I also said that stopping the Trytophan was the most enormous mistake as since then I have gained 22lbs and hate myself, and can't stop thinking about my weight and that it makes me feel suicidal, and also that I have started purging again (albeit not often) since I stopped it, and didn't do it the whole time I was on it. She said that maybe restarting that if I really felt it had helped wouldn't be such a bad thing, and that she would write to Dr E about that and the Diazepam. She then said maybe I could have the Tryptophan back if they stopped the Diazepam, so that if they were taking away something I felt helped, then I would be getting something else that I felt helped. She went on to say she wasn't bartering, and I said it sure as hell sounded like it. There is no way Dr E will prescribe me the Tryptophan anyway - she was not budging an inch when I talked about it with her last time. I asked Dr O to give it to me today, because I know there is no way Dr E will, but she said it wasn't her decision.

I do like my GP, and we get on well, and she always spends a long time talking to me etc, but she always seems very anti psychiatric drugs (I did mention that she was being very anti-psychiatry when she was going on about the Diazepam - she laughed and said not to tell the CMHT) and that does kind of bother me. I know people seem to have an obsession with stopping the Diazepam (Dr E wants to as well), but I don't understand why they want to take away something that helps me. I know they don't want me to get addicted to it, but I am very good with it and I only take it when I need it. It also irritates me that one of their problems with me taking it seems to be my age - both Dr E and Dr O have said they don't like people my age being on Diazepam. I don't get that. Age seems irrelevant. If it helps me why does it matter that I am 23? Why would they be more willing to prescribe it if I was 63?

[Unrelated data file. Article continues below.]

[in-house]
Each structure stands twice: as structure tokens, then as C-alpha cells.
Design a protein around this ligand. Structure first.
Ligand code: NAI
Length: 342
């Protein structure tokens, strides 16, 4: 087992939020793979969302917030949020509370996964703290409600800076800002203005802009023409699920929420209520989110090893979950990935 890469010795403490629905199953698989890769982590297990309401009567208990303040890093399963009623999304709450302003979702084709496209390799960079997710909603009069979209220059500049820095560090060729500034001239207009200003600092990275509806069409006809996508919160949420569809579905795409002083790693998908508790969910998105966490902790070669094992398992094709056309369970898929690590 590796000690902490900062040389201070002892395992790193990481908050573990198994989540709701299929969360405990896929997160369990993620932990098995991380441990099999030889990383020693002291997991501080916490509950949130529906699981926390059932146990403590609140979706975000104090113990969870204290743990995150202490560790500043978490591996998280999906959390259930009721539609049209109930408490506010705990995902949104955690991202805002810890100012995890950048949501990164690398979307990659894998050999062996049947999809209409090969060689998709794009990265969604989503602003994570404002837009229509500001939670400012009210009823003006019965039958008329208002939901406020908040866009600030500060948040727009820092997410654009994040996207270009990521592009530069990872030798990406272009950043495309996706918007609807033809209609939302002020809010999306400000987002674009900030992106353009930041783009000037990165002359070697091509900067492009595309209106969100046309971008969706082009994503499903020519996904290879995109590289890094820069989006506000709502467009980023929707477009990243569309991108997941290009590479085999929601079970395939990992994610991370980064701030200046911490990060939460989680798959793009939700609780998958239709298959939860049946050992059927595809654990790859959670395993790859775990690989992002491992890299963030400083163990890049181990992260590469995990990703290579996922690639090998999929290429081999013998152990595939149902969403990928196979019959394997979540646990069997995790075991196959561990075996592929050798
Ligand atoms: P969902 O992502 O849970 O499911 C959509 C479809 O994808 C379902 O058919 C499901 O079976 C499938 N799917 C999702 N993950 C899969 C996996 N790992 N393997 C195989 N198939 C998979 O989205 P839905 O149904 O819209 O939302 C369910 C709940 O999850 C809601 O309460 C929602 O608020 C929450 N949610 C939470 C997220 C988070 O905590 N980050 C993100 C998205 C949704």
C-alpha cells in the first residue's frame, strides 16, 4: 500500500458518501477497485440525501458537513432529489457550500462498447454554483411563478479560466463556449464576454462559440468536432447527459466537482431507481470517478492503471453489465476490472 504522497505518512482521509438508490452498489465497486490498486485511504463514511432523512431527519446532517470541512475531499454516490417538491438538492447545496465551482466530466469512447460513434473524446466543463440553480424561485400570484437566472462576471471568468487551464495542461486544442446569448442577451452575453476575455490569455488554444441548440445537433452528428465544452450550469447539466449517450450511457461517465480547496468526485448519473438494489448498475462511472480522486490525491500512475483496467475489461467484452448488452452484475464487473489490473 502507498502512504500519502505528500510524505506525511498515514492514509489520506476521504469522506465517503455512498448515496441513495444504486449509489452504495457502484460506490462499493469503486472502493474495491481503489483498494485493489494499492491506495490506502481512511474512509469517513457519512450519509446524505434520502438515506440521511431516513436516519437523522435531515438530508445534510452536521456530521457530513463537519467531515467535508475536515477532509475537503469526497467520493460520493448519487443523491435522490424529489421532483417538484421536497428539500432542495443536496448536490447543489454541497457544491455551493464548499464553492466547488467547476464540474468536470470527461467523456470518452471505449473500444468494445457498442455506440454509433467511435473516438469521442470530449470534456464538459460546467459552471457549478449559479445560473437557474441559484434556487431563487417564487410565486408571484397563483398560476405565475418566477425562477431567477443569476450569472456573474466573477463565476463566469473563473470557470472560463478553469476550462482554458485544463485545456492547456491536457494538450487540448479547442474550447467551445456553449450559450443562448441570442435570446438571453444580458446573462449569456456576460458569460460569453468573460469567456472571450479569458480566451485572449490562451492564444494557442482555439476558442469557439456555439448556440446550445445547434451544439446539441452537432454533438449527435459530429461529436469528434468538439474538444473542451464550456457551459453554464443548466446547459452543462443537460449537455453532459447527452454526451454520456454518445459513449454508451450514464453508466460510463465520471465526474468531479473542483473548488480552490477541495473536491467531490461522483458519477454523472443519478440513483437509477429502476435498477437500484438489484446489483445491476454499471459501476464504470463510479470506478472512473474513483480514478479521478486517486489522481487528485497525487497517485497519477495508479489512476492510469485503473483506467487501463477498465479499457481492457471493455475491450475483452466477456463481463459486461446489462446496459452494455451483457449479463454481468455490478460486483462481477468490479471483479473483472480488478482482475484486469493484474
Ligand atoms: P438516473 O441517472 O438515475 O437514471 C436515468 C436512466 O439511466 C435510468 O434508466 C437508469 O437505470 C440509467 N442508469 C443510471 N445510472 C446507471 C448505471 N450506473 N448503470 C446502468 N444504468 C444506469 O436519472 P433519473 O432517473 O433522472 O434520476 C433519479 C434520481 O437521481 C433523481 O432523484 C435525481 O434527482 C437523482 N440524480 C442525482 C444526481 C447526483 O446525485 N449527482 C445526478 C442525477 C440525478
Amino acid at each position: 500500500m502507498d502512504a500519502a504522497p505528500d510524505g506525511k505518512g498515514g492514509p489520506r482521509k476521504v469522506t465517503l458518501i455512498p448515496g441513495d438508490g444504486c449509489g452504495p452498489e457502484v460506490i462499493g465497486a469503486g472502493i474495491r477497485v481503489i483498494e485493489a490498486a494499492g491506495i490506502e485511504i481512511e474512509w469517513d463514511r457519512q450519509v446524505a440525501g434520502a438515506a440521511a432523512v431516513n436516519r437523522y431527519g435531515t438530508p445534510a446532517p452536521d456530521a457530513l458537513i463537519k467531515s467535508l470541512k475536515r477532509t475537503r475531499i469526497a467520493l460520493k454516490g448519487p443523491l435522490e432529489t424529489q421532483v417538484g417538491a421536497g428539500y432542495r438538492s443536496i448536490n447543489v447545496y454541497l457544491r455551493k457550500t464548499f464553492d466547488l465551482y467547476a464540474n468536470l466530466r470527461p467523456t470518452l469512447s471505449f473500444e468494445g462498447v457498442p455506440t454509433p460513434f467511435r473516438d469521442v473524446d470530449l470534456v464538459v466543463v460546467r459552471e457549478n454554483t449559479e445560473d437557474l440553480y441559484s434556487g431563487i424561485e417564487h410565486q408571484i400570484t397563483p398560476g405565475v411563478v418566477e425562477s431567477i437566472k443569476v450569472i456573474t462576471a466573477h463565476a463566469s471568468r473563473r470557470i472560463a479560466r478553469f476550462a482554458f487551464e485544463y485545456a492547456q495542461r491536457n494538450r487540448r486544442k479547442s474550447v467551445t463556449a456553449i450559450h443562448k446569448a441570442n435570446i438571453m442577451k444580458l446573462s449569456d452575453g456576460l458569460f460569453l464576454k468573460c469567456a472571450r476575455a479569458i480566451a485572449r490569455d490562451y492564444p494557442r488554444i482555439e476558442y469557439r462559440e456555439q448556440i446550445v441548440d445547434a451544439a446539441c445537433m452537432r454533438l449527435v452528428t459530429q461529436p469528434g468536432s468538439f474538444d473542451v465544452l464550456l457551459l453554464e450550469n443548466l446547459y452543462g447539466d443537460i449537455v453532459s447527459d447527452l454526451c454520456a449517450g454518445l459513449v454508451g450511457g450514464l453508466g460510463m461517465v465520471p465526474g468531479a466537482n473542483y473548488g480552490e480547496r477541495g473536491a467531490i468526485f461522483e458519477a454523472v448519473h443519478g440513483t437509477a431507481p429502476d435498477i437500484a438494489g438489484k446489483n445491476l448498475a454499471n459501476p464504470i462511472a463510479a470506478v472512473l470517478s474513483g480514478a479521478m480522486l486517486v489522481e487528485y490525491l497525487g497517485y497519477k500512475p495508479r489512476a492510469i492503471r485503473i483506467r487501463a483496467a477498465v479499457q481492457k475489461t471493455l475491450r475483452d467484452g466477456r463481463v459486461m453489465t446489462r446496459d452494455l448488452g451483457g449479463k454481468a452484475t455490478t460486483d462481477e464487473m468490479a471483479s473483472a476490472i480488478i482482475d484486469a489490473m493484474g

I am still feeling really bad. Strong suicidal thoughts. As usual exacerbated by how I feel about my body and weight. I just want to make everything stop. I don't feel like I have any energy or fight left. I feel so exhausted. And I hate that there is nothing anyone can do. It leads me back to feeling like the only viable option is suicide. Maybe it is.

9 comments:

  1. I took Diazepam some when I was your age. My Psych. was reluctant also. He said it clearly lowers ones preformance. I was in college at the time. He said I wouldn't be able to be as clear on it. So maybe that's part of the age thing. Sounds like you just take it when you're really in a bad place though. I wanted to take it so I could avoid anxiety during tests.

    Maybe they want you to come up with a better way to deal with your down times behaviorally than medicating. I've crossed paths with so many many people in treatment who battle with Diazapam addiction issues. Maybe they want to help you avoid further battles. I'm thankful every day that I don't battle with the drug and alcohol issues because I don't think I could survive it on top of what I already deal with.

    Or maybe they don't know what the f*&^ they're dealing with, right? Maybe they've never felt and thought as darkly as we know we do. Sounds like it was hard for you to get her to listen today. You do know you best. Be confident in that.